For digital nomads and anyone else who travels for work, a fast and reliable Internet connection is often top of the list when it comes to deciding which countries to visit. Well, we’ve got some good news for you. Wi-Fi is getter faster! That’s right, we’re moving on from Wi-Fi 5, and Wi-Fi 6 is soon to be launched.
If you have no idea what I’m talking about, then don’t worry. This is a brand-new way of categorising Wi-Fi networks that we’ll explain in the rest of this blog post.
What is Wi-Fi 6?
You might have noticed a set of numbers and letters in the specs of your Wi-Fi network, starting with 802.11. But you’d easily be forgiven if you haven’t. These codes look overly technical and aren’t particularly useful for the average internet user. But they have been changing occasionally over the last couple of decades without most of us noticing. From 802.11b in 1999 to 802.11ac since 2014, our Wi-Fi networks have slowly been evolving.
To make these versions easier to understand, the Wi-Fi alliance has rebranded them in simpler terms:
- Wi-Fi 1 – 802.11b, released in 1999.
- Wi-Fi 2 – 802.11a, also released in 1999.
- Wi-Fi 3 – 802.11g, released in 2003.
- Wi-Fi 4 – 802.11n, released in 2009.
- Wi-Fi 5 – 802.11ac, released in 2014.
- Wi-Fi 6 – 802.11ax, scheduled for release in 2019.
So, devices are currently using Wi-Fi 4 or 5, and Wi-Fi 6 will be rolled out across routers and devices soon. In fact, the Samsung Galaxy S10 already supports Wi-Fi 6 and is the first smartphone to do so.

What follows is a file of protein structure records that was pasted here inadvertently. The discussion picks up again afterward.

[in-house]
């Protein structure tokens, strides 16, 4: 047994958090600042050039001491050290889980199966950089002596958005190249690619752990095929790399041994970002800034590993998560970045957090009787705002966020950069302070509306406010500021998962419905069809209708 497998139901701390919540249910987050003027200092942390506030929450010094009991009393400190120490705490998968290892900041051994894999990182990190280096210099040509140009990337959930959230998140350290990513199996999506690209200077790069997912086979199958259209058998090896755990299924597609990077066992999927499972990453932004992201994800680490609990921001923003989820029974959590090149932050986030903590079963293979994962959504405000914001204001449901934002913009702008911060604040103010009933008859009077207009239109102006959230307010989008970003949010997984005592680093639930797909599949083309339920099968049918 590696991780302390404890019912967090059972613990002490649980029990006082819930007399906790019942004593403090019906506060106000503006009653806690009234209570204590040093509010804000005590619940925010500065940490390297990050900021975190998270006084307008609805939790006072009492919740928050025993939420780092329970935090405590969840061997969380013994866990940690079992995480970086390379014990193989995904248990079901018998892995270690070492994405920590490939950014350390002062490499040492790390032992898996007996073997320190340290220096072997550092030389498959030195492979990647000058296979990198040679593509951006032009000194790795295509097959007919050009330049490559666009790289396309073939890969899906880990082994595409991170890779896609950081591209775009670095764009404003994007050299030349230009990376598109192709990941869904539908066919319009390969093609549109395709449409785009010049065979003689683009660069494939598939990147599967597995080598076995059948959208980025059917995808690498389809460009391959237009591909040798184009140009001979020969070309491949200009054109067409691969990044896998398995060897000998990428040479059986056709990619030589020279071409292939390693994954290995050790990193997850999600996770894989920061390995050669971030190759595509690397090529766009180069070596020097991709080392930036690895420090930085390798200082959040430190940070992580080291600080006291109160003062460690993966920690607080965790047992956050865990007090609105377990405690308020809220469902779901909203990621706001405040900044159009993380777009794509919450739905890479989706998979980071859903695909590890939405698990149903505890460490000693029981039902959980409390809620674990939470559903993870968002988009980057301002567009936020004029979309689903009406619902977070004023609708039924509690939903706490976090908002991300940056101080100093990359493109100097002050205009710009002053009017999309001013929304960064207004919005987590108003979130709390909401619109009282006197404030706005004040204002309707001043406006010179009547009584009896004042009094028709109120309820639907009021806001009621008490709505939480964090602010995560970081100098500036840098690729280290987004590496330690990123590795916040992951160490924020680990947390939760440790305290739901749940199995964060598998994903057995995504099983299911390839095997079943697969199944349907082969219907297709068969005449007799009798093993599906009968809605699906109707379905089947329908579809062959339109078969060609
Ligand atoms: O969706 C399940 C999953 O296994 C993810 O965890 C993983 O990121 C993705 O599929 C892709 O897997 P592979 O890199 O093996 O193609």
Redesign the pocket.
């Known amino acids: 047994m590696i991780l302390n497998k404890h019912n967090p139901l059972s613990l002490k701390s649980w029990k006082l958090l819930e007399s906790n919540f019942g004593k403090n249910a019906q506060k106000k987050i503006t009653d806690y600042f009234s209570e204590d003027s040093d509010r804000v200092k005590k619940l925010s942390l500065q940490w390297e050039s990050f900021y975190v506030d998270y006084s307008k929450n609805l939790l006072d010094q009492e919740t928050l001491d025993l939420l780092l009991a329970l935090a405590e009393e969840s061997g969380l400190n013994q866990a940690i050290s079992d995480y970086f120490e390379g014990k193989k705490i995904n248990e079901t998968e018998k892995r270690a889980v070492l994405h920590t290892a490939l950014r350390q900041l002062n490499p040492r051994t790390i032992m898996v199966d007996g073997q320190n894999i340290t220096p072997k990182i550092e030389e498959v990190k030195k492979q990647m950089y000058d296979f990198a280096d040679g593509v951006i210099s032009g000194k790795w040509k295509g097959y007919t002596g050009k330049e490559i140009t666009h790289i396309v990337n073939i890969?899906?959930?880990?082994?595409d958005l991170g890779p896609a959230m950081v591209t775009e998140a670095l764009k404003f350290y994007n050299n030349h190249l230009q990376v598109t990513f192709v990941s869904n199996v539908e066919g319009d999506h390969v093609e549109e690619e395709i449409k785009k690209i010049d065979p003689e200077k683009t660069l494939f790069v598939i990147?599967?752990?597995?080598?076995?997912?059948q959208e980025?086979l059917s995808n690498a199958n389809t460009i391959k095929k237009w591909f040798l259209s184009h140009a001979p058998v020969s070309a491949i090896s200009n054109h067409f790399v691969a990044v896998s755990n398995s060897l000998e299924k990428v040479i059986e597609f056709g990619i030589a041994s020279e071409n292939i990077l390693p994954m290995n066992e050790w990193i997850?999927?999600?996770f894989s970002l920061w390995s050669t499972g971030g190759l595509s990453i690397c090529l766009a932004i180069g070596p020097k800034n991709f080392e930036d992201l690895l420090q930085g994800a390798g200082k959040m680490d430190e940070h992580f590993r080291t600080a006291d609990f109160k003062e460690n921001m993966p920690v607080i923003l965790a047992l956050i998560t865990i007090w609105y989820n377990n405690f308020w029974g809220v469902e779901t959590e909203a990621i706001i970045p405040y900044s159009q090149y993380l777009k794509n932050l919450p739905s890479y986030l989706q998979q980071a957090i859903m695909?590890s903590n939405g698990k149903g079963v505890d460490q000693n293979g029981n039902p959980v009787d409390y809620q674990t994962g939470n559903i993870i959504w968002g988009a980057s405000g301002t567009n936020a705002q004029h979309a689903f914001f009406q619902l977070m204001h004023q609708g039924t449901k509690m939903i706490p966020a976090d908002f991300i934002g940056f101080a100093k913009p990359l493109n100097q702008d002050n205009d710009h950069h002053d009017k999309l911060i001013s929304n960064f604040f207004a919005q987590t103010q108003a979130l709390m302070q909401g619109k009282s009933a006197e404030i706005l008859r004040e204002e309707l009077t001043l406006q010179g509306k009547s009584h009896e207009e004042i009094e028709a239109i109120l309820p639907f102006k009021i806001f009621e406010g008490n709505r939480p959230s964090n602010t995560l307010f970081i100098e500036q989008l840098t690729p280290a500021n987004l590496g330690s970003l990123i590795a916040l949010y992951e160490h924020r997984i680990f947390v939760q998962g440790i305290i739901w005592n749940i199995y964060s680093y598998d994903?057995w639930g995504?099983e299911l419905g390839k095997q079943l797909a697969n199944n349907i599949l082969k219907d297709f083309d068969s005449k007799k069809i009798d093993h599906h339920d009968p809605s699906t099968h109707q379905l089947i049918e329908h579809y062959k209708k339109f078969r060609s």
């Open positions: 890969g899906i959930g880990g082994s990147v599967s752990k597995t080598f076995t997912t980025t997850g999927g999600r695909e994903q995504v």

How has it improved?
So, what makes Wi-Fi 6 so much better than Wi-Fi 5? As you might hope, it’s faster! Early reports suggest that it’s up to 40% faster than previous networks. The way that updated routers deliver wireless signals to devices will also improve performance in crowded areas where multiple devices are competing for signals. So, if you’re on a busy train or at a large sporting event, you won’t be stuck with slow speeds as everyone tries to access the Wi-Fi at once.
A new feature called target wake time will stop Wi-Fi 6 from rapidly draining your device’s battery life. This feature conserves power by signalling to the device’s Wi-Fi radio when it can go into sleep mode. Overall, Wi-Fi 6 is simply faster and more efficient than all of its predecessors.
How to prepare for Wi-Fi 6
The first thing you might want to do is check your home router to see which of the above versions it specifies. If your router is old or you frequently have problems with slow Wi-Fi, then you might want to upgrade to a Wi-Fi 6 certified router once they become widely available. Many devices will now display a sticker to state that they are Wi-Fi 6 certified.
But a fancy new router won’t make a difference unless you also have a compatible Wi-Fi 6 device. As well as the Galaxy S10, the new iPhone 11 will also support Wi-Fi 6, and most future smartphones, laptops, and other devices will follow suit. New routers will still work with older devices, but they won’t speed them up beyond the version that the device supports.
If you’re looking for fast and reliable Wi-Fi wherever you are, then add the Sapphire T2 from TravelWifi to your travel checklist. This portable wireless hotspot is available for use on up to five devices.